Tschigorin (1949 ed.) by a local player who met Tschigorin at this
tournament and talked with him and a few other players. As they are
sitting and discussing chess, Dadian walks by with one of the other
players and Tschigorin makes a sarcastic remark about their (the local
players') 'sponsor', meaning Dadian. In a footnote the writer explains the
likely scenario whereby Tschigorin and Dadian fell out (it is the same
that Panov gives): one of Dadian's aides approached Tschigorin, while he
was in Kiev in the Fall of 1902, with a generous offer of money for
Tschigorin to lose to Dadian - which is rebuffed. Afterwards, Tschigorin
published the game Yurevich-Lebedev from the tournament which won the
brilliancy prize in his column. Tschigorin claims that the game was
pre-arranged and that one of the players showed the game to him before it
was played. Yurevich wrote a letter to Novoe Vremya saying that the
game was real and that he intends to sue Tschigorin. Although it doesn't
look like he followed up on the threat it is interesting that Yurevich was
on fairly good terms with Dadian.
American Chess Bulletin, 1910. Page 269
"The death is reported from Kieff, Russia, of H.S.H. Prince Andre
Dadian de Mingrelie, who was long known as one of the most ardent amateur
chess enthusiasts and patrons. Chess literature contains many fine endings
actually played by him over the board and others composed by him. The late
prince was a staunch adherent of the old school of chess play and
delighted in the Morphy-like brilliancies he was fond of creating. In his
time, he broke a lance with every practitioner of note in Europe. An
edition de luxe of a collection of positions from his MS. games was
published by the late E. Schiffers for private circulation. Prince Dadian
was the president of the international congress held at Monte Carlo in
1903, at which occurred the unpleasant incident between him and the late
M. I. Tchigorin, Russian champion, which caused the latter to withdraw his
entry after having appeared upon the scene ready for play."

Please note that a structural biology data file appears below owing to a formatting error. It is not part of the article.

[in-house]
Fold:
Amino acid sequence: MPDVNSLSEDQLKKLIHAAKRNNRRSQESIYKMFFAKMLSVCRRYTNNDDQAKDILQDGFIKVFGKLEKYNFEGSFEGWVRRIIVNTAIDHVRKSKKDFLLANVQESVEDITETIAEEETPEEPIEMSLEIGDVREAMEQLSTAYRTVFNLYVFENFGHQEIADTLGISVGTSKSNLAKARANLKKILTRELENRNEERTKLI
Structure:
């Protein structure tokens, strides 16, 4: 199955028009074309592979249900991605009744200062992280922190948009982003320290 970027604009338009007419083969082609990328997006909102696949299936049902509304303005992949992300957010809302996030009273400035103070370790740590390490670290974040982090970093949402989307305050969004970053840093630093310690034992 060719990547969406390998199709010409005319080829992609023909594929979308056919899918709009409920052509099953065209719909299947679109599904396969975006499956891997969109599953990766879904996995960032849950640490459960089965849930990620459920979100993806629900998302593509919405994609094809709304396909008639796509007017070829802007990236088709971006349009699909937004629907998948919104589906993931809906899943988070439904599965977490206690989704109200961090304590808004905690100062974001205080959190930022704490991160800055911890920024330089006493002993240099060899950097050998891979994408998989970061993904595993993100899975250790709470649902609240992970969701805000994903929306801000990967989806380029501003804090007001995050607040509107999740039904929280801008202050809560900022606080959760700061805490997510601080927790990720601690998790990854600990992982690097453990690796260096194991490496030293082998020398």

La Strategie, 1903:
"Before the drawing of the pairings an incident occurred: H.S.H the
Prince Dadian of Mingrelia who judged himself offended by articles
published by Mr. Chigorin in some Russian journals, declared that he
could not remain President if Mr. Chigorin took part in the tournament,
but that he would leave the committee and the other participants free to
make a decision. After deliberation and with the assent of the
participants, it was decided that Mr. Chigorin would not play, and an
indemnity, which is to be fixed, will be remitted to him."(La
Stratégie , page 51, 1903)
"H.S.H. the Prince Dadian of Mingrelia requests us to insert the
...............In the May journal of Mr. Bobrov, page 171, one reads:
"La Stratégie says that Mr. Chigorin received from the Prince of
Mingrelia a gift of 1,500 francs as compensation and that this money
was given by the Prince......Tchigorin protested in the most formal
manner: he is said to have demanded compensation not from the Prince,
but from the tournament committee and that he did receive it from the
committee and not from the Prince."
There is a misunderstanding, it was my money that Mr. Chigorin received.
I had decided to give 4,000 francs, but Messrs. de Rivière
and Hoffer had told me that Mr. Chigorin demanded 1,500 francs, I
immediately consented. Mr. de Rivière sent to me a
receipt signed Mikhail Chigorin, in these terms "I the undersigned have
received from Mr. Arnous de Rivière, from the
account of M. the Prince Dadian of Mingrelia, president of the committee
of the tournament of 1903 at Monte Carlo, the sum of fifteen hundred
francs, that largely covers my expenses..."
As you said perfectly in La Stratégie, I would never have permitted Mr.
Chigorin to sustain the least material damage...."(La Stratégie, page
from David Yanovsky, "Fizkultura i sport" Publishers, 1987,
p.185. by Sergey Voronkov and Dmitry Plisetsky
Chigorin undertook the journey from St. Petersburg, to
experience something incredible: his fellow-countryman, Prince Dadian of
Mingrelia, a well-known falsifier of “brilliant” games with little-known
players, imagining himself for a few hundred francs to be a chess Maecenas,
threatened to resign as president of the tournament committee, if
Chigorin, who, according to rumor, once offended him, were to play. The
managers, defending the interests of the gaming house, but not chess,
excluded Chigorin from the list of participants.
It seems, they were right protesting the tournament in Monte Carlo,
where chess has become a servant of roulette.
-“Sport a Hry”, Feb. 1903
In places removed from either Russia, the Ukraine or areas frequented by
Dadian, the prince was a somewhat mysterious character.
Monthly Chess Chronicle, wrote, perhaps tongue-in-cheek:
It was one of Anderssen's favorite jokes (so his pupil Zukertort
related) to express doubts whether the famous Russian chess player
Petroff really existed. "Who ever saw him?" the Professor exclaimed. "